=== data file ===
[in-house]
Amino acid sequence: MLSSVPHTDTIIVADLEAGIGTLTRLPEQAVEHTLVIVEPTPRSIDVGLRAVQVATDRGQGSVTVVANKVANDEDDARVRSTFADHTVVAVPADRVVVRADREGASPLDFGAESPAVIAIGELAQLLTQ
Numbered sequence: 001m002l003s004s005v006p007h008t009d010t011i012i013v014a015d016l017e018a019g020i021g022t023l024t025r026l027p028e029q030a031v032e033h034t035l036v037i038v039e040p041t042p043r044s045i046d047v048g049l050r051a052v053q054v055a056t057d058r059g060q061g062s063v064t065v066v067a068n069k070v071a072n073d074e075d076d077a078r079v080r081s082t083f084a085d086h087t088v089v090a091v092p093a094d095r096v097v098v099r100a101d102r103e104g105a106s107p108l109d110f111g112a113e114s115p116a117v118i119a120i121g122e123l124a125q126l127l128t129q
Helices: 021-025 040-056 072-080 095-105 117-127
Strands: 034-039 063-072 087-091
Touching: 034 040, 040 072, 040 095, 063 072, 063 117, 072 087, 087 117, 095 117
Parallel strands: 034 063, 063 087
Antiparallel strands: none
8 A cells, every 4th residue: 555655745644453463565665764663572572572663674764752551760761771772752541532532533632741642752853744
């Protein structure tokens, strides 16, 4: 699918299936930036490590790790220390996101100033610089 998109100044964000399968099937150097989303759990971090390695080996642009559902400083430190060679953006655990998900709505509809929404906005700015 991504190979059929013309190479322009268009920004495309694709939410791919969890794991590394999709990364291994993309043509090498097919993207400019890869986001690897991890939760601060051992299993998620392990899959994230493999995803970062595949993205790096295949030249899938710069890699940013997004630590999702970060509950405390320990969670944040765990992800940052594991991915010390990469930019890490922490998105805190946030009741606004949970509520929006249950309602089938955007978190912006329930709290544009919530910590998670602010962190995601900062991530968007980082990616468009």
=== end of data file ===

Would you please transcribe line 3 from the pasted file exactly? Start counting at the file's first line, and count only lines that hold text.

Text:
Numbered sequence: 001m002l003s004s005v006p007h008t009d010t011i012i013v014a015d016l017e018a019g020i021g022t023l024t025r026l027p028e029q030a031v032e033h034t035l036v037i038v039e040p041t042p043r044s045i046d047v048g049l050r051a052v053q054v055a056t057d058r059g060q061g062s063v064t065v066v067a068n069k070v071a072n073d074e075d076d077a078r079v080r081s082t083f084a085d086h087t088v089v090a091v092p093a094d095r096v097v098v099r100a101d102r103e104g105a106s107p108l109d110f111g112a113e114s115p116a117v118i119a120i121g122e123l124a125q126l127l128t129q